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A Just and Merciful God

June 30, 2014Filed under theology#devotionsMarkdown source

I have made it my goal to write short posts reflecting on my devotional reading every day. These posts are composed off the cuff, in 30 minutes or less. The following is one such post. Before writing this post, I read: 1 Chronicles 10–23.

My devotional life has been a bit up and down the last few months. It is easy to let it drop off in the midst of all the busyness of the end of a semester, and easy, too, in the midst of caring for a new baby and a recovering wife simply not to find the time for it. But my soul needs to encounter the living God day by day.

Today’s reading was not exactly scintillating in many ways: reading in Chronicles rarely is. But as I have often reflected in the past several years, Paul had in mind the Old Testament—books like this and Numbers and Leviticus, those we find hardest!—when he told us that all Scripture is breathed out by God and profitable for us (2 Tim. 3:16). That is no less true of Chronicles’ recounting of the deeds of David’s mighty men or the assembly of Israel to anoint him king than it is of the gospel accounts of Jesus’ life and death. We need all of these pieces to fully understand the work of God.

A few points I take away from my reading this morning:

God is holy.

There are two accounts that make this abundantly clear in the section I read today: the death of Uzzah, the judgment on David for his sin with the census. In the case of Uzzah, God brooked no deviation from his clearly articulated correct way for the transportation of the Ark of the Covenant. That Uzzah meant well did not change the reality that he (and indeed all of David’s initial foray to bring the Ark to Jerusalem) had ignored what God had said. Ignoring God’s word is no light matter. We sometimes blanch at the severity of this judgment, but to ignore when God speaks is to make light of his speech—to insult him and quietly rebel in precisely the same way our first parents did in the Garden. It is to say our own wisdom is sufficient when he has expressly given us his wisdom.

The second case, God’s judgment for David’s census, is interesting in that the text does not expressly tell us what David’s sin was, yet it is obvious that he did sin and in such a way as to anger God profoundly. Joab, who was instructed to carry out the census, clearly understood that it was wrong; so did David. Given the backdrop of the regulations of censuses in the Pentateuch, it seems that David was going about it for the wrong reasons, and without following the pattern God had laid out.1 Yet David went ahead anyway. God responded in judgment. Again: it came down to a simple refusal to do as God had instructed.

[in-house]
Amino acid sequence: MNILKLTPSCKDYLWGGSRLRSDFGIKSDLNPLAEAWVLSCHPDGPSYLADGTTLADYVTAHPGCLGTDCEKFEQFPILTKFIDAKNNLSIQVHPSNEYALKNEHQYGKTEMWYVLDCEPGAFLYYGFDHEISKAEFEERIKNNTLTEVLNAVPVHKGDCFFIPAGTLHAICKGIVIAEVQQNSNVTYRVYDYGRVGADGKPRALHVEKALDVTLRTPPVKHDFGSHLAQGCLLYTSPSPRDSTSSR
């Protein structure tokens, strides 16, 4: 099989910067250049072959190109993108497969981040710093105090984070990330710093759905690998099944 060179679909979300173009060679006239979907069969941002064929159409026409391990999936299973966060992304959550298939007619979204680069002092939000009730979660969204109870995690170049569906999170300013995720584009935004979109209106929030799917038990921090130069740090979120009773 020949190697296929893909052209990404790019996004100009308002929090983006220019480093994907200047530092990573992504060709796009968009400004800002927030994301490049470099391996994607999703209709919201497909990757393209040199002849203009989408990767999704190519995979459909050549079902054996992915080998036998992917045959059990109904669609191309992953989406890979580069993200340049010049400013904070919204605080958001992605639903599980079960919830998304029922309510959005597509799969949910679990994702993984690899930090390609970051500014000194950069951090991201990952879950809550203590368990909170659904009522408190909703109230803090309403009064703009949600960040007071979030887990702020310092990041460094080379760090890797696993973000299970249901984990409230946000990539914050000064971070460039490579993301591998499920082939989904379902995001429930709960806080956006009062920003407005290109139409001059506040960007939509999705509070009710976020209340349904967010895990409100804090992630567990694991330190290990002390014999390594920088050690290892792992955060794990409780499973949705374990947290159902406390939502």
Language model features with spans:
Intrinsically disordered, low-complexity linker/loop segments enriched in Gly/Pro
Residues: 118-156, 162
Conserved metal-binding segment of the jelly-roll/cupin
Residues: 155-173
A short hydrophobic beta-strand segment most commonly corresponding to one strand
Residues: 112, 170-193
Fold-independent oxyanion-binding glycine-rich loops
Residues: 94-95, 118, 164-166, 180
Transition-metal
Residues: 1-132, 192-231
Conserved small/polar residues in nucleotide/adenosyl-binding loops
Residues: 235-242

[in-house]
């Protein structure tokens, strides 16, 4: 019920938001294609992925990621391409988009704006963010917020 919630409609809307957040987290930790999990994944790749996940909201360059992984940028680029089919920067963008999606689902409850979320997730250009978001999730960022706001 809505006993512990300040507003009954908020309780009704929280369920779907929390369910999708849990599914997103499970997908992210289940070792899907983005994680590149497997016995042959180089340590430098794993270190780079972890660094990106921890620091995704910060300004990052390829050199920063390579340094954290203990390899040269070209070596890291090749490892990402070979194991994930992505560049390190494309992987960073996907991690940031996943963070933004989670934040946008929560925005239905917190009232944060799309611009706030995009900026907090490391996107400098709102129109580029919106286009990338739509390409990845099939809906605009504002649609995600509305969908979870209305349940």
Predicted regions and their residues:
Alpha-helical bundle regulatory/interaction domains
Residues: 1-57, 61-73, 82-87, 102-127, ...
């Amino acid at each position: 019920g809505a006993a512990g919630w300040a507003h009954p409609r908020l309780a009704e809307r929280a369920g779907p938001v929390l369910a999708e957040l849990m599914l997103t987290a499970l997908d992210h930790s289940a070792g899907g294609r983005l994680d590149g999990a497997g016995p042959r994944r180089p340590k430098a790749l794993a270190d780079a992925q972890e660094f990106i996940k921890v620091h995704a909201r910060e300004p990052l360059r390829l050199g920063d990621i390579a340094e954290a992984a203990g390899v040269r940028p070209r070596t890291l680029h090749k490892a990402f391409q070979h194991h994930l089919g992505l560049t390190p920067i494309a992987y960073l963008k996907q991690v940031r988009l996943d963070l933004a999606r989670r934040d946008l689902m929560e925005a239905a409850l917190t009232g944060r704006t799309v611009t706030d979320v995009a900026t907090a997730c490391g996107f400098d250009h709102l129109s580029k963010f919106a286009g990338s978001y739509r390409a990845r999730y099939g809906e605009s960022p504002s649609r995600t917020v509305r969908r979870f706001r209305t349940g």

These two accounts remind me that I must obey God. It is as plain and simple as that—whatever the circumstances, whatever apparent justification I might muster for doing otherwise, I need to obey. God is holy; he does not brook unrighteousness. Yes, he has atoned for my unrighteousness, but this was true of David as well (see below). I am still called to live in obedience to him, and insofar as I lead, I am responsible to lead others to do so as well.

God is merciful.

This second passage of judgment also highlights God’s mercy. Yahweh sent the angel to bring destruction on the people for David’s sin, but Yahweh relented, too—and this before David did anything at all. Sometimes we can make the mistake in reading the Old Testament of thinking that Yahweh had always to be appeased before he would turn back from his righteous judgments, but the reality is the opposite. The vast majority of the time, Yahweh relented simply because of his forbearance and mercy and patience. Many times when the people clearly had not yet relented, the pleas of one righteous person on their behalf led him to stay his hand. Other times, like here, he stayed his judgment without anyone standing in that position—simply because he is merciful.

It was this reality with whicih Paul wrestled “out loud,” so to speak, in Romans: how can a just God overlook sins? How can he just pass over and not execute judgment when judgment is so clearly deserved?2 The answer for Paul was not to make less of the sin God passed over, but to make that much more of Christ. The Old Testament believers like David were saved by the death and resurrection of Christ just as we are. We are called to faith and trust in the one who has made it possible for the righteousness of God to be cause for our hope rather than despair. And here is the flipside of the call to obey God’s word inherent in those earlier passages: the call to trust God as he has spoken to us. This is good news, if we will but believe it and cling to it.

  1. See J. A. Thompson, 1, 2 Chronicles, vol. 9, The New American Commentary (Nashville: Broadman & Holman Publishers, 1994), 160.

  2. What a contrast to our own reasoning, in an age when we can hardly conceive of the notion of deserved judgment.